I do not expect Senator Carr would ever have been out in the bush, let alone anywhere near an environment group, but Mr Garrett should go out and talk to some of these people and see the absolutely fantastic work they have done and the people that they employ. I often talk about the Northern Gulf Resource Management Group, a great group based in Georgetown, a small country community in the Gulf of Carpentaria region. These people, with the money the Howard government gave them, have built up a number of technical staff in that community that go out doing the work that the Queensland government used to do before the Labor government slashed its DPI program. They do some fantastic work. They have brought people to the community and have searched over the last three or four years to get a good team together, and then Mr Garrett comes along and slashes the funding for their group and for every other group by 40 per cent. People are worried about their jobs. Talk about working families! Mr Garrett and Senator Carr should go and talk to some of the families of these people who have been working in natural resource management groups for years but who now find themselves without a job or feeling uncertain as to where they are going. All this expertise that has been built up in NRM groups over the last three to four years has been cast asunder by this insensitive and quite stupid decision of this environment minister.

Mr Garrett talks about the ANAO. I never have a great deal of time for the ANAO. I remember their comments on Centenary House—and, of course, they were the main paying tenant—and so at times I think that others are as well able to make assessments. It is a bit like the Regional Partnerships program where, according to the ANAO, two or three programs were badly funded—and I think they were. But that does not stop the Labor Party, as they are doing here, from lumbering every honest, hardworking citizen who is involved in these groups with claims of rorting or not properly spending the money.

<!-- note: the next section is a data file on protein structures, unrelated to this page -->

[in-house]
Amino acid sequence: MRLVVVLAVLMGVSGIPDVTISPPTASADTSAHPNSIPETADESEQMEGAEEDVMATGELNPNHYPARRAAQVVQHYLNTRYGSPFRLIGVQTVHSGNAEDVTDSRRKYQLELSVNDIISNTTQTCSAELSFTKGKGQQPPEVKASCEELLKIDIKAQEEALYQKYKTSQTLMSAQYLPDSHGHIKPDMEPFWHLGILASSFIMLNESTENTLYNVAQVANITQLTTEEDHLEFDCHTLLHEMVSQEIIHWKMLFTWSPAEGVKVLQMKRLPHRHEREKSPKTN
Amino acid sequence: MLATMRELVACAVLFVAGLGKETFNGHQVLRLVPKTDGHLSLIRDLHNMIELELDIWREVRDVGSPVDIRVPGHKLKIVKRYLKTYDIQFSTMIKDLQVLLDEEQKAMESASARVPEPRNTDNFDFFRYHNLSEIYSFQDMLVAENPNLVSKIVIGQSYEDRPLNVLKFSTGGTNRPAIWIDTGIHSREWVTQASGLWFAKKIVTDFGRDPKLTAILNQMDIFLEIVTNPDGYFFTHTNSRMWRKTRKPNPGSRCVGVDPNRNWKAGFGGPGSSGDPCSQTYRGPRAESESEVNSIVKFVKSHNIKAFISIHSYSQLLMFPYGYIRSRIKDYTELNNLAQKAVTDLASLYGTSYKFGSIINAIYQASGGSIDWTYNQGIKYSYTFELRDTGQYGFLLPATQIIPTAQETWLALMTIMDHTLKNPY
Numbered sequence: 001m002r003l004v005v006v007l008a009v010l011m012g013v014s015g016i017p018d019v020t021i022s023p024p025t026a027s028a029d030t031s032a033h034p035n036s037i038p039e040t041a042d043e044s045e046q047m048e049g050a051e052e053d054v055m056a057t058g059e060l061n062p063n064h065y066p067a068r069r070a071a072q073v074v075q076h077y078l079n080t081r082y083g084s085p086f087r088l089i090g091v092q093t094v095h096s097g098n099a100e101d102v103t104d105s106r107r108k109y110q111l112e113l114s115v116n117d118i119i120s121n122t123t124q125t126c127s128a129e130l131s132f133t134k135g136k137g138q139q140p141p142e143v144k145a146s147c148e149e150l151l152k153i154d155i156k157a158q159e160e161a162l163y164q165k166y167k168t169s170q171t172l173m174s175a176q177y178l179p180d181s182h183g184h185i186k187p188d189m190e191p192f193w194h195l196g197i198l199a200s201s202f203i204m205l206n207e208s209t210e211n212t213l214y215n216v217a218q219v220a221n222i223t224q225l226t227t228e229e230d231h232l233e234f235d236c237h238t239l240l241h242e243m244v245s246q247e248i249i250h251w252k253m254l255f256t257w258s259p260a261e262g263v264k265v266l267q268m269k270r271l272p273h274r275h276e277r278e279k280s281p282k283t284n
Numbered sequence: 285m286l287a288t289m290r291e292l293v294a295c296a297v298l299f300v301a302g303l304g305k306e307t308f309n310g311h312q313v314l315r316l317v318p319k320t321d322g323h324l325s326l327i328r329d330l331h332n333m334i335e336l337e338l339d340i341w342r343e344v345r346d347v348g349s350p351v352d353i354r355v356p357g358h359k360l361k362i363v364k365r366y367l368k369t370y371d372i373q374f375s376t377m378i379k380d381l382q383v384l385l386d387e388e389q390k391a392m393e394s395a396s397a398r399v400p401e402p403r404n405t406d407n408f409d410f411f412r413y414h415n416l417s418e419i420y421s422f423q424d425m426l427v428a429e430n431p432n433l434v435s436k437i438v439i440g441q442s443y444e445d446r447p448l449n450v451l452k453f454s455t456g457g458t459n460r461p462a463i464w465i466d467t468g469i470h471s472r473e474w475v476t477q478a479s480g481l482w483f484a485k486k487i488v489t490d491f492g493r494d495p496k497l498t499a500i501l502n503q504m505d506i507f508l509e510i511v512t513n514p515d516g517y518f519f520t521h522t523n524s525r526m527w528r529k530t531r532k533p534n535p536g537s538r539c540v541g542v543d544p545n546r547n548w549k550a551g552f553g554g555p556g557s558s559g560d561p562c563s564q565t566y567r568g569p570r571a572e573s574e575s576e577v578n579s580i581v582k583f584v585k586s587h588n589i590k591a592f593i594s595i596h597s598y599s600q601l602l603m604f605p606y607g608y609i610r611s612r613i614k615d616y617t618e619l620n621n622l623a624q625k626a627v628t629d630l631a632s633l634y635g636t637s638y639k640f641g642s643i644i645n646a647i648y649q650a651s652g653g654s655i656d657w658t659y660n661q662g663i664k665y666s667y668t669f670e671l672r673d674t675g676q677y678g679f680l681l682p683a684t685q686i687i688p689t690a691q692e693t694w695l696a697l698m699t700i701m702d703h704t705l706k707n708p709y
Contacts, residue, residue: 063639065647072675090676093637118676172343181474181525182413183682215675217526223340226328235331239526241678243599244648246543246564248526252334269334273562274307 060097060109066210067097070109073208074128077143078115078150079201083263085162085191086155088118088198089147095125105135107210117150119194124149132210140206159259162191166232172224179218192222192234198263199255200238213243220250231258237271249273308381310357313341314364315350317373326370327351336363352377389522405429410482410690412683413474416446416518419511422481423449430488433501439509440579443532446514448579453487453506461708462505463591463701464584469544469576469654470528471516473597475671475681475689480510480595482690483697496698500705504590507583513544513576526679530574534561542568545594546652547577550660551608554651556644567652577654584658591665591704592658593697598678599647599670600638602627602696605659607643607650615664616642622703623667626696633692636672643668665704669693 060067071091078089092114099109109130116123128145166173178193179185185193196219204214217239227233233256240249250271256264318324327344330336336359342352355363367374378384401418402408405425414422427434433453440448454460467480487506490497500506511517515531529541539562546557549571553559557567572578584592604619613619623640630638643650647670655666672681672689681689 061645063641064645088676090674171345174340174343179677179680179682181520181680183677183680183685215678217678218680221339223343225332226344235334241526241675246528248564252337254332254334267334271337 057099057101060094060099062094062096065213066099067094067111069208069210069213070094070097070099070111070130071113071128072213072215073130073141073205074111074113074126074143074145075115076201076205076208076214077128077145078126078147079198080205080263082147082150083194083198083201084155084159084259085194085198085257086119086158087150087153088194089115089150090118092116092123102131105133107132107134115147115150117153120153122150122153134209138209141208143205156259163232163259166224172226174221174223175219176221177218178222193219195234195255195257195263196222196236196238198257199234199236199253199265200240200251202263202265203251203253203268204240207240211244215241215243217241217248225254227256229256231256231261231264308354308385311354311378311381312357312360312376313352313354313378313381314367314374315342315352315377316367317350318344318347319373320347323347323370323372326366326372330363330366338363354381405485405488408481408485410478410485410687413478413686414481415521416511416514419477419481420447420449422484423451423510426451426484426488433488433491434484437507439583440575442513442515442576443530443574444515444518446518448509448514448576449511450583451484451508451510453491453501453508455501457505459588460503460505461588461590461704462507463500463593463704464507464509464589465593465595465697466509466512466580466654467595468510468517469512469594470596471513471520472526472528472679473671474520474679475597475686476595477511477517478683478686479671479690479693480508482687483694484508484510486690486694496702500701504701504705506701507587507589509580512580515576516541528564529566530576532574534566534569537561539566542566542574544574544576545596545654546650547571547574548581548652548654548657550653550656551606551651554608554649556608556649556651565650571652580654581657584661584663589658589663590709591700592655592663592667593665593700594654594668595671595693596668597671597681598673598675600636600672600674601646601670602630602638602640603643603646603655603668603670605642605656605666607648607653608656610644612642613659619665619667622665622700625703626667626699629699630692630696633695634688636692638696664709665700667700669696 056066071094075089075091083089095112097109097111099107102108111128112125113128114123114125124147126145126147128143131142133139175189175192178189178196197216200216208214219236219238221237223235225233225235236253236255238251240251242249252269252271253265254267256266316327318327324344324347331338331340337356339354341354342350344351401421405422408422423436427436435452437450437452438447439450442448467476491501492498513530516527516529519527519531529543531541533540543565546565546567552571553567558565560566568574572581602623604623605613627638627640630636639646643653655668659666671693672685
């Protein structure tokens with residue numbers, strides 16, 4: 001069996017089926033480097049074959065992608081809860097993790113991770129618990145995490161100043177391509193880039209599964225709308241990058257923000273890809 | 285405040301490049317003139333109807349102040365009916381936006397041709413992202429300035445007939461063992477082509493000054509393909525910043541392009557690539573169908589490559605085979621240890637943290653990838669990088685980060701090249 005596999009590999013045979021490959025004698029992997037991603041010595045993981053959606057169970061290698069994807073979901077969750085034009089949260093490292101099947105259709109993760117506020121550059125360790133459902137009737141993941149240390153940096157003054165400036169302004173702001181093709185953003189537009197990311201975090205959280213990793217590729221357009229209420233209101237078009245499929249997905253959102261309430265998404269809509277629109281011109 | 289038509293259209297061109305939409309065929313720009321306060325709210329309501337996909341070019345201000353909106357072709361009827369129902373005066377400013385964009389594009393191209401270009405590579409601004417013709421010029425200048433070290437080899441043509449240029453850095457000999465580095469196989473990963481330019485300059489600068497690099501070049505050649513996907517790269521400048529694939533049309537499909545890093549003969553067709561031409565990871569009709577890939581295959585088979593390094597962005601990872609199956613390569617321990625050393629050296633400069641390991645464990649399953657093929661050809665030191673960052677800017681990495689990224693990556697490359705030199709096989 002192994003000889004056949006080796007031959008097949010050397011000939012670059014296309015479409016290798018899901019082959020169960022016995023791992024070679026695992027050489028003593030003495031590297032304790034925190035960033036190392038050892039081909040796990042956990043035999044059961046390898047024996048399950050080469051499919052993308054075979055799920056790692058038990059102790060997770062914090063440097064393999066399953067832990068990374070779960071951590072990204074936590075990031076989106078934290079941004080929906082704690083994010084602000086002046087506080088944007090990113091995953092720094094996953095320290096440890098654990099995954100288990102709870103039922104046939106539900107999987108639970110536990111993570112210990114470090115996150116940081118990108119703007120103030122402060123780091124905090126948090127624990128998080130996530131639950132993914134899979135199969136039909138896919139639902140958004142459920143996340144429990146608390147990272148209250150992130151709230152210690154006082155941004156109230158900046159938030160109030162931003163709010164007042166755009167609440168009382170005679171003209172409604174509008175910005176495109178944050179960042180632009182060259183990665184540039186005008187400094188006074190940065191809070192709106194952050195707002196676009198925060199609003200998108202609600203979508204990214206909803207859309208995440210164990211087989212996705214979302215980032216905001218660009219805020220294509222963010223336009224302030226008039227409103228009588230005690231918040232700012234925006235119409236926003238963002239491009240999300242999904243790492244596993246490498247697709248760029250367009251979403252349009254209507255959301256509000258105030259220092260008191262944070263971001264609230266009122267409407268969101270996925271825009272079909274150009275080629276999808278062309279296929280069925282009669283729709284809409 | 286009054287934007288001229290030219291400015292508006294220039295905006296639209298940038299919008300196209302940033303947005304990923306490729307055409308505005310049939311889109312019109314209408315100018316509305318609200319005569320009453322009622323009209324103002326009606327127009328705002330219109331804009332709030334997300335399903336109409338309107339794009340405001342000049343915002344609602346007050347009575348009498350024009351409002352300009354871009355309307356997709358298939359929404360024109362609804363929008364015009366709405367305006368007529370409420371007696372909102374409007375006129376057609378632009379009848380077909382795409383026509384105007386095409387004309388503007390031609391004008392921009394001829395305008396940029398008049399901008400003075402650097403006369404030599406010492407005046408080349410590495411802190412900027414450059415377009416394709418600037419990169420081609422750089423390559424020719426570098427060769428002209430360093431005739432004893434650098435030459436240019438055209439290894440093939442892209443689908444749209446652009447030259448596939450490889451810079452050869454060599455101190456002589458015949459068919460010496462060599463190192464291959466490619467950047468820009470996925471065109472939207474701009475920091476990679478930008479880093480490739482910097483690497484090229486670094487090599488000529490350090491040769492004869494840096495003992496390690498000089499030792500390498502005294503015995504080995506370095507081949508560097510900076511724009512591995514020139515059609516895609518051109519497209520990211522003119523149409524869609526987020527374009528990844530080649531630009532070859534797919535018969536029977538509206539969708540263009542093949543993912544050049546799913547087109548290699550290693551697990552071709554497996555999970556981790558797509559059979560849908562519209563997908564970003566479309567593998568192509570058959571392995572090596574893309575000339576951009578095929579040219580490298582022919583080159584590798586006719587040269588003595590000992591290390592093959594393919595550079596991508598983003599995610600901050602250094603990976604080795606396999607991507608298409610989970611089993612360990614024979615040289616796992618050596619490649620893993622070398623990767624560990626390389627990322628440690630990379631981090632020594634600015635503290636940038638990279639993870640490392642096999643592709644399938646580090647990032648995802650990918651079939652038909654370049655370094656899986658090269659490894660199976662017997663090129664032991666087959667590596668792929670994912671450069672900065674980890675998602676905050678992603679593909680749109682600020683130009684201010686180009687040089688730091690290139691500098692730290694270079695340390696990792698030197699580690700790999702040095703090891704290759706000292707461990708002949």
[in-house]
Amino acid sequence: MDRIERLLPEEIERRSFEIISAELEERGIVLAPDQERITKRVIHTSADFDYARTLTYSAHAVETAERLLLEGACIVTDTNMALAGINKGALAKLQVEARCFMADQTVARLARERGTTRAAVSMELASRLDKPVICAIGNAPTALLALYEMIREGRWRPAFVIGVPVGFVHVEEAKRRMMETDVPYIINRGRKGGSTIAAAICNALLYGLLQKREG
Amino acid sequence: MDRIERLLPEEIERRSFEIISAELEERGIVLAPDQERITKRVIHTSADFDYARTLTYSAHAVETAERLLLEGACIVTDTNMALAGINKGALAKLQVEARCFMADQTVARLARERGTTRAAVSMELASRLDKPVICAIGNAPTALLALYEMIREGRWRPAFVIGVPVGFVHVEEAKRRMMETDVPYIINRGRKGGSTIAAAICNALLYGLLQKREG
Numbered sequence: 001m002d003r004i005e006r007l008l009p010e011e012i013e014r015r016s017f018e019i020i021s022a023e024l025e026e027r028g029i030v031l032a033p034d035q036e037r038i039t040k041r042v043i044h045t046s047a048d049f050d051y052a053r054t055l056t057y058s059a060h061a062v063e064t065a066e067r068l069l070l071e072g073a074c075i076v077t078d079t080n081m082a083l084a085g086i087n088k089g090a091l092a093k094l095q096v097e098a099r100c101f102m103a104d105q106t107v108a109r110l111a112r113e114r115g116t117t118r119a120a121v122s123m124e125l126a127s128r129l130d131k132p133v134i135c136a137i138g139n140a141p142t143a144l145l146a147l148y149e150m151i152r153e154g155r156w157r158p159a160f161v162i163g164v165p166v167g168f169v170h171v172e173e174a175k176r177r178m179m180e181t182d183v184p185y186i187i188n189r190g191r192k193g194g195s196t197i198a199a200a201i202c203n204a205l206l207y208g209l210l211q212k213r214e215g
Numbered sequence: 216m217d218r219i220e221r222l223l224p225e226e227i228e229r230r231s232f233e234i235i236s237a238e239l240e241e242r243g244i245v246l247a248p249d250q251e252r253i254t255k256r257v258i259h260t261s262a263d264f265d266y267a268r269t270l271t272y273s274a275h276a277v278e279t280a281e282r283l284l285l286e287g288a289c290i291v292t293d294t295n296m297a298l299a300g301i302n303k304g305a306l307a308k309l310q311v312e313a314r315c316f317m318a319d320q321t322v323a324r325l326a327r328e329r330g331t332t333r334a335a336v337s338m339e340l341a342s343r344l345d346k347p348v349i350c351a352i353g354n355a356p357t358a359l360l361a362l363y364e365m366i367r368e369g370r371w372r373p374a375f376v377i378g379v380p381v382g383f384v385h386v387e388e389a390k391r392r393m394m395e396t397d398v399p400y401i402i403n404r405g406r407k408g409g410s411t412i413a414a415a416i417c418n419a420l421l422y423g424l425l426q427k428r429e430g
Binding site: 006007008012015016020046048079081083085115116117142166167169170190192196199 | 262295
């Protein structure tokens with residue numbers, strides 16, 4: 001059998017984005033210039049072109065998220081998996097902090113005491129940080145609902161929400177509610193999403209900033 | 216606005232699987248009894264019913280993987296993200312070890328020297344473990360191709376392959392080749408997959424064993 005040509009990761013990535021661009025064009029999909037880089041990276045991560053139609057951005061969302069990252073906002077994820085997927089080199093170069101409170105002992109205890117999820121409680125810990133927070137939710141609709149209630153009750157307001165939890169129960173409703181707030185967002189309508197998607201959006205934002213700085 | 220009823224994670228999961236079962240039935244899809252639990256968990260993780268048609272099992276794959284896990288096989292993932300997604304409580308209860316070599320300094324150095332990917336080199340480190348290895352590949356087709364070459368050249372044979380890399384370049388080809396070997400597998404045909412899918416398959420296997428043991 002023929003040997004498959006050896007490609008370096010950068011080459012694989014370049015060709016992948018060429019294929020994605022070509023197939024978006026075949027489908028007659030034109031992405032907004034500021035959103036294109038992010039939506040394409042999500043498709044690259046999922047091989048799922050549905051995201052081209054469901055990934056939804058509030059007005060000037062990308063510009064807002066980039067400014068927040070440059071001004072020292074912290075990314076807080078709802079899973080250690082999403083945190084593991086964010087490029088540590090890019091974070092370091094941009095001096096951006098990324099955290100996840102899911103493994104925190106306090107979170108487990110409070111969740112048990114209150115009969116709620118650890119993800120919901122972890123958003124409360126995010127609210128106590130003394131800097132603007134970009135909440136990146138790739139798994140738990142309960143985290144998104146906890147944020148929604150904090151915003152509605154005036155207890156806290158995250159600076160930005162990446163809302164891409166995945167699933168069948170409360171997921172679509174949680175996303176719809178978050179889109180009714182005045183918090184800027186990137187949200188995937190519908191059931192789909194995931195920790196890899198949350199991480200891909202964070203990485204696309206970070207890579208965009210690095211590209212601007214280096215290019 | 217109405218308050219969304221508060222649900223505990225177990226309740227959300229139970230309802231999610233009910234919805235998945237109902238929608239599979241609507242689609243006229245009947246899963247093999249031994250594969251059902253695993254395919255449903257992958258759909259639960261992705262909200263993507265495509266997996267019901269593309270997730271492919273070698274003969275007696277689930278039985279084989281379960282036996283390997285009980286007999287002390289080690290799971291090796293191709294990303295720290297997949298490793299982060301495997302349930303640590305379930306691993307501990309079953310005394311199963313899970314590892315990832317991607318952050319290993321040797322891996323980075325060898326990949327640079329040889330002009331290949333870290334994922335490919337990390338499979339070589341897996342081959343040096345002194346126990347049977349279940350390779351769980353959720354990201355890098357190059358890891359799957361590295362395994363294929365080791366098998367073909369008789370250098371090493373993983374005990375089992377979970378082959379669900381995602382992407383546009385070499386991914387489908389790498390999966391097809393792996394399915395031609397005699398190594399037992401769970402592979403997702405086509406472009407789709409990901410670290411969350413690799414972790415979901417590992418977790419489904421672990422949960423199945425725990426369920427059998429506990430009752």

Senator Siewert is absolutely correct in outlining the problems that these decisions will create. The money has been cut. It has been diverted from country areas and areas that really cared for our country into city areas—and you can rest assured that that is going to continue. Across the board it is quite clear that the Labor government have no interest in the environment and will rort and remove funds from these programs to further their other philosophical focuses. This statement out of the blue certainly says little of interest to anyone, but it does highlight what very poor management of and interest in the environment this particular minister has. I seek leave to continue my remarks.

Leave granted; debate adjourned.